A new comparison study showed that among polycythemia vera patients who were resistant or intolerant to hydroxyurea, those treated with ruxolitinib (Jakavi) had a significantly reduced risk of thrombosis and death compared to those who received best available therapy. The study findings are based on a comparison of patients in the phase III RESPONSE clinical trial and the real-world Spanish Grupo Español de Enfermedades Mieloproliferativas Crónicas Filadelfia Negativas (GEMFIN) patient registry. The new findings were presented by Alvarez-Larran et al at the 23rd Annual Congress of the European Hematology Association (EHA) (Abstract PF628).
“When you can complement clinical trial data with real-world experiences, it can provide valuable insight into how treatments affect patients in their day-to-day lives,” said lead study investigator Alberto Alvarez-Larran, MD, of the Hematology Department, Hospital Clinic, Barcelona. “This latest research supports the use of ruxolitinib to help people with polycythemia vera gain better control of their disease when hydroxyurea is not an option.”
The current study compared overall survival and thrombosis rates using data from patients treated in the ruxolitinib arm of the previously reported RESPONSE trial and patients treated in a real-world setting with best available therapy from the GEMFIN registry.
In the RESPONSE trial, the high rate of crossover from best available therapy to ruxolitinib precluded the comparison of overall survival and thrombosis rates. RESPONSE was a global, open-label study that included patients with polycythemia vera resistant or intolerant to hydroxyurea, who were randomly assigned 1:1 to receive either ruxolitinib (at a starting dose of 10 mg twice daily) or best available therapy, which was defined as investigator-selected monotherapy or observation only.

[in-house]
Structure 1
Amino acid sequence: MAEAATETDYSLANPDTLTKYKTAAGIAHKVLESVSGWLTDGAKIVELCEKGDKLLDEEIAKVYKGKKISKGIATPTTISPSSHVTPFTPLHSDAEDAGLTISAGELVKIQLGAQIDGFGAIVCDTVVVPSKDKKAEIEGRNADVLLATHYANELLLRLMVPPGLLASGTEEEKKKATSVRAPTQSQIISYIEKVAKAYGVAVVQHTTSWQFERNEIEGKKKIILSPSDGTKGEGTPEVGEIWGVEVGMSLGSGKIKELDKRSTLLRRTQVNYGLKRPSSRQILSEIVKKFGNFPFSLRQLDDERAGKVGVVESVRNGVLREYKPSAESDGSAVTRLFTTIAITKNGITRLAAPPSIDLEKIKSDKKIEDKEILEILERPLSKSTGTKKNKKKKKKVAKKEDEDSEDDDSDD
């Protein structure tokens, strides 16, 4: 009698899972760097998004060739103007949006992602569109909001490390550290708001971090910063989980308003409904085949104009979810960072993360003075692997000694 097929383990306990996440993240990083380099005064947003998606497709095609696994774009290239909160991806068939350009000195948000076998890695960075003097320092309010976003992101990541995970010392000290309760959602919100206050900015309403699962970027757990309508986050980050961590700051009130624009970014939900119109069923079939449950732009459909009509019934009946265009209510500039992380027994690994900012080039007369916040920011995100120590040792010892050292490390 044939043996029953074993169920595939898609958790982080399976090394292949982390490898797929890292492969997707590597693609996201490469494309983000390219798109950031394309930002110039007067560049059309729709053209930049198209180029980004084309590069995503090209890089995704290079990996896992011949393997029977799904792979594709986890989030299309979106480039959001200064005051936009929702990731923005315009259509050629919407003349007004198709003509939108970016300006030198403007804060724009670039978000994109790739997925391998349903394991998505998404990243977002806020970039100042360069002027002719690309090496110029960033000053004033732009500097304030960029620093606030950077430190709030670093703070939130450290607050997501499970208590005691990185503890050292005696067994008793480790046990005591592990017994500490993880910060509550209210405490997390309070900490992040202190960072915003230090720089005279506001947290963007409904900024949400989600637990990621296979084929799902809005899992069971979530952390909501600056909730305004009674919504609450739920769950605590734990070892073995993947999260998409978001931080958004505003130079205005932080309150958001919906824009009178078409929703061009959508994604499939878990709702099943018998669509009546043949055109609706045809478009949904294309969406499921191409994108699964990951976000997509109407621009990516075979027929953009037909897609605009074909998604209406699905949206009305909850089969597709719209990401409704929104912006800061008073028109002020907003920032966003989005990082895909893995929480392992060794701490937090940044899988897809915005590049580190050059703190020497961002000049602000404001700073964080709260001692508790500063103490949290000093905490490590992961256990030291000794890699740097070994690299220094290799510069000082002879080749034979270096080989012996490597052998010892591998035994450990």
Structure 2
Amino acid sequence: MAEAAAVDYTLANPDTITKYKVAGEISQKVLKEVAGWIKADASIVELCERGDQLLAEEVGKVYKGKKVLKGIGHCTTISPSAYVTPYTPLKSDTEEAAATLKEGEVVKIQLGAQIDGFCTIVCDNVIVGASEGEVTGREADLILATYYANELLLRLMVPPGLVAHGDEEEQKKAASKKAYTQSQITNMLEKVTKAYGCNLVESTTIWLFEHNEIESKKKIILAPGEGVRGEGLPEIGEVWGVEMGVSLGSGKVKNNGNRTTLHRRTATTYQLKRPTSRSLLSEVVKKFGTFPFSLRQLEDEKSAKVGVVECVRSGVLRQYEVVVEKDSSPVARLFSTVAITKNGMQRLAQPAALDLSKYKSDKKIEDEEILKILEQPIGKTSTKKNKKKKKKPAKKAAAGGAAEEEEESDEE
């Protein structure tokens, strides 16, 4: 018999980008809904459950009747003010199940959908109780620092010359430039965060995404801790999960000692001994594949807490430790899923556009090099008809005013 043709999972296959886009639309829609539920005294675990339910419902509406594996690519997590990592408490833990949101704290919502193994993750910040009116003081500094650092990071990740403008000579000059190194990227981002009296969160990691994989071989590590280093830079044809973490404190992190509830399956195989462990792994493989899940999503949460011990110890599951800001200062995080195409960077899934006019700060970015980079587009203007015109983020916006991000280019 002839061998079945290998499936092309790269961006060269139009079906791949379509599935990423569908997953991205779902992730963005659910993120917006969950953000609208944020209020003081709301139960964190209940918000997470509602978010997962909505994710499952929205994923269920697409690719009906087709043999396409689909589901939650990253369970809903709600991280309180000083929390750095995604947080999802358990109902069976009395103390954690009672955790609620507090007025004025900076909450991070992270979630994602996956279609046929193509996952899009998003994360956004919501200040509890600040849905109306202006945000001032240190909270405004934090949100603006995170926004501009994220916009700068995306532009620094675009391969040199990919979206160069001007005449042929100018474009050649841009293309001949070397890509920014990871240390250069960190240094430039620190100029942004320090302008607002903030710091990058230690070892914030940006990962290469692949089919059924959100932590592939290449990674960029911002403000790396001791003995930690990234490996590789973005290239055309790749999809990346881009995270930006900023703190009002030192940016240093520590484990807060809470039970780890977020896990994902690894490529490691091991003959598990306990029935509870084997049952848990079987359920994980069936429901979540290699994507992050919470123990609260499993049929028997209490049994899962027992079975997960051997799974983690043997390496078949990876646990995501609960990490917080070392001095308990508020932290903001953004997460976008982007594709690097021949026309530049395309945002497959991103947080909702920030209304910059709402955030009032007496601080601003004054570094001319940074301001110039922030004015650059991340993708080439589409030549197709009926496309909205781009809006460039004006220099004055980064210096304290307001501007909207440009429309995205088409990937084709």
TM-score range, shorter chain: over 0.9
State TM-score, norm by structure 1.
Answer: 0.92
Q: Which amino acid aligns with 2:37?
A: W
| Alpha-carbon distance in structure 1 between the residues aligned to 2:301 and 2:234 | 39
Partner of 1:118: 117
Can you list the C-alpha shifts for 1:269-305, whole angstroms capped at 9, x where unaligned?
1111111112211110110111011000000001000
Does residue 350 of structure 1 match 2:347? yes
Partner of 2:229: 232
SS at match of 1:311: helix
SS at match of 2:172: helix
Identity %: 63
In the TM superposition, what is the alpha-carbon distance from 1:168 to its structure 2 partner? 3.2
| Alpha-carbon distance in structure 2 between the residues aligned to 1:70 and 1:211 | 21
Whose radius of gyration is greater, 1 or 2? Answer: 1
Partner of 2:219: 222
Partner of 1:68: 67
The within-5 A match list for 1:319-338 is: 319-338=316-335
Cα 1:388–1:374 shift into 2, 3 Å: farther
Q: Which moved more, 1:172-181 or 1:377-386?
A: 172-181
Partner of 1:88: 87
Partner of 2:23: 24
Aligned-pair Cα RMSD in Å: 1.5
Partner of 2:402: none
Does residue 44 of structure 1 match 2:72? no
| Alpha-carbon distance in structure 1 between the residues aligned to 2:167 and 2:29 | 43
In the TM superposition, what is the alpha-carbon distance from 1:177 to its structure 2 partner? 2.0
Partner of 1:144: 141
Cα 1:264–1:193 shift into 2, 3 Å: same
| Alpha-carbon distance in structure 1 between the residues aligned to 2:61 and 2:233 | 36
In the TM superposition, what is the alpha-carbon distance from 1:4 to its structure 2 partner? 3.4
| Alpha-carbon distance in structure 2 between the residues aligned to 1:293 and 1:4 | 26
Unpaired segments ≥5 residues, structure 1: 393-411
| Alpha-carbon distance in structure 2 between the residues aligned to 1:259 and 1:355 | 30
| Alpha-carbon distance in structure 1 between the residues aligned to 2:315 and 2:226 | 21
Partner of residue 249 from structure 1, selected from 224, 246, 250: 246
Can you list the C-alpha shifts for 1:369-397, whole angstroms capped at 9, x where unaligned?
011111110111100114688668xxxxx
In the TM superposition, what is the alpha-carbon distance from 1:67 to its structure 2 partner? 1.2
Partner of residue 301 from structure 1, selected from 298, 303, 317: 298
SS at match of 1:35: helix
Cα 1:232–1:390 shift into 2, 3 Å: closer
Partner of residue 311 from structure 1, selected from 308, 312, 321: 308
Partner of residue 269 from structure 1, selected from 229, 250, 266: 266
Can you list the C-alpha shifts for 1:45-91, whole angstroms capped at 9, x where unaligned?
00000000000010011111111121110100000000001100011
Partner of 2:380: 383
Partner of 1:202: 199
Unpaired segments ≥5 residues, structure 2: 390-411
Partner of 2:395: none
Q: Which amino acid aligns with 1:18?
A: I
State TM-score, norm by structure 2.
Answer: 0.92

The GEMFIN registry patients in the real-world best-available-therapy group had resistance or intolerance to hydroxyurea according to modified European Leukemia Net criteria and received hydroxyurea (44%), busulfan (10%), radioactive phosphorus (2%), interferon (6%), anagrelide (12%), other therapy (11%), or no cytoreductive therapy (26%). Some patients were treated with multiple therapies.
In the GEMFIN study, patients treated with ruxolitinib had a significantly prolonged overall survival (hazard ratio [HR] = 0.28, 95% confidence interval [CI] = 0.11–0.72) and a lower risk of blood clots (HR = 0.21, 95% CI = 0.06–0.76]) compared to real-world patients treated with best available therapy.
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